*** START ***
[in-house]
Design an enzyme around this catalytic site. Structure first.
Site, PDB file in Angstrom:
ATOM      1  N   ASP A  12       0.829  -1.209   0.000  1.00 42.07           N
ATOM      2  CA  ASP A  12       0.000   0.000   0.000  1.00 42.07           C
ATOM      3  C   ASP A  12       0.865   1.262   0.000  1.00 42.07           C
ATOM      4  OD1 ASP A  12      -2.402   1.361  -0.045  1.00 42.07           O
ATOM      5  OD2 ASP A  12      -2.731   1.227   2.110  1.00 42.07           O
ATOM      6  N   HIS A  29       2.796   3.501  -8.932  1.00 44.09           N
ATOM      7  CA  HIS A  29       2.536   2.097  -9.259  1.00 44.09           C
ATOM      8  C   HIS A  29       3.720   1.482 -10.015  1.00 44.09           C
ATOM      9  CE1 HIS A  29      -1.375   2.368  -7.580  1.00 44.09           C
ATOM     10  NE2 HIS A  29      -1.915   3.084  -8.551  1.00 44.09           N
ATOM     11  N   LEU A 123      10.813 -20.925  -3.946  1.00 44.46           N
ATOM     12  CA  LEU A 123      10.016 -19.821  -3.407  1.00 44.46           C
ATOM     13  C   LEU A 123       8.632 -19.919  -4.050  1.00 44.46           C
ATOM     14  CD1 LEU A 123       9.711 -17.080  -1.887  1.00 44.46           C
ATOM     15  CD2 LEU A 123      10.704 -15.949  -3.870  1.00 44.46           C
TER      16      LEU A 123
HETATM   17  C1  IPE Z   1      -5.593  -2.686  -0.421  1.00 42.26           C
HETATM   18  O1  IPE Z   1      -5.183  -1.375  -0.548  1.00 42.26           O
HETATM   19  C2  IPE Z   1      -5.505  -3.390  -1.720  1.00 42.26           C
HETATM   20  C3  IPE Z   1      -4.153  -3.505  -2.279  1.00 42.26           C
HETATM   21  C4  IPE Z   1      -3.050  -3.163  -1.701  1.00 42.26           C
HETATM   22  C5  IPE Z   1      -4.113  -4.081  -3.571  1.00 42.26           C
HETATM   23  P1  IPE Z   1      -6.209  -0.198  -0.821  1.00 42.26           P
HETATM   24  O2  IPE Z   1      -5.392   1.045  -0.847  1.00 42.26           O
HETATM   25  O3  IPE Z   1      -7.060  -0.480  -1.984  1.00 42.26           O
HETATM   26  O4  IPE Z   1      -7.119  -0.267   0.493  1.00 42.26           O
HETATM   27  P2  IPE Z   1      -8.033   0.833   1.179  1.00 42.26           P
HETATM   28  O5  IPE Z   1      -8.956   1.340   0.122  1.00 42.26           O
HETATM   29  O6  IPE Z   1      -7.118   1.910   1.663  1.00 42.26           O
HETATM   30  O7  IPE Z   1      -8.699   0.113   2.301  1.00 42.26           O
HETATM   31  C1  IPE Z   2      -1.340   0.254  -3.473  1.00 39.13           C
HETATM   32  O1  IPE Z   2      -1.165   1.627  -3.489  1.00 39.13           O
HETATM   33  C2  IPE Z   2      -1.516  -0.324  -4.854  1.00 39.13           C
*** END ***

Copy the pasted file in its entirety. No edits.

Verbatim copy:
[in-house]
Design an enzyme around this catalytic site. Structure first.
Site, PDB file in Angstrom:
ATOM      1  N   ASP A  12       0.829  -1.209   0.000  1.00 42.07           N
ATOM      2  CA  ASP A  12       0.000   0.000   0.000  1.00 42.07           C
ATOM      3  C   ASP A  12       0.865   1.262   0.000  1.00 42.07           C
ATOM      4  OD1 ASP A  12      -2.402   1.361  -0.045  1.00 42.07           O
ATOM      5  OD2 ASP A  12      -2.731   1.227   2.110  1.00 42.07           O
ATOM      6  N   HIS A  29       2.796   3.501  -8.932  1.00 44.09           N
ATOM      7  CA  HIS A  29       2.536   2.097  -9.259  1.00 44.09           C
ATOM      8  C   HIS A  29       3.720   1.482 -10.015  1.00 44.09           C
ATOM      9  CE1 HIS A  29      -1.375   2.368  -7.580  1.00 44.09           C
ATOM     10  NE2 HIS A  29      -1.915   3.084  -8.551  1.00 44.09           N
ATOM     11  N   LEU A 123      10.813 -20.925  -3.946  1.00 44.46           N
ATOM     12  CA  LEU A 123      10.016 -19.821  -3.407  1.00 44.46           C
ATOM     13  C   LEU A 123       8.632 -19.919  -4.050  1.00 44.46           C
ATOM     14  CD1 LEU A 123       9.711 -17.080  -1.887  1.00 44.46           C
ATOM     15  CD2 LEU A 123      10.704 -15.949  -3.870  1.00 44.46           C
TER      16      LEU A 123
HETATM   17  C1  IPE Z   1      -5.593  -2.686  -0.421  1.00 42.26           C
HETATM   18  O1  IPE Z   1      -5.183  -1.375  -0.548  1.00 42.26           O
HETATM   19  C2  IPE Z   1      -5.505  -3.390  -1.720  1.00 42.26           C
HETATM   20  C3  IPE Z   1      -4.153  -3.505  -2.279  1.00 42.26           C
HETATM   21  C4  IPE Z   1      -3.050  -3.163  -1.701  1.00 42.26           C
HETATM   22  C5  IPE Z   1      -4.113  -4.081  -3.571  1.00 42.26           C
HETATM   23  P1  IPE Z   1      -6.209  -0.198  -0.821  1.00 42.26           P
HETATM   24  O2  IPE Z   1      -5.392   1.045  -0.847  1.00 42.26           O
HETATM   25  O3  IPE Z   1      -7.060  -0.480  -1.984  1.00 42.26           O
HETATM   26  O4  IPE Z   1      -7.119  -0.267   0.493  1.00 42.26           O
HETATM   27  P2  IPE Z   1      -8.033   0.833   1.179  1.00 42.26           P
HETATM   28  O5  IPE Z   1      -8.956   1.340   0.122  1.00 42.26           O
HETATM   29  O6  IPE Z   1      -7.118   1.910   1.663  1.00 42.26           O
HETATM   30  O7  IPE Z   1      -8.699   0.113   2.301  1.00 42.26           O
HETATM   31  C1  IPE Z   2      -1.340   0.254  -3.473  1.00 39.13           C
HETATM   32  O1  IPE Z   2      -1.165   1.627  -3.489  1.00 39.13           O
HETATM   33  C2  IPE Z   2      -1.516  -0.324  -4.854  1.00 39.13           C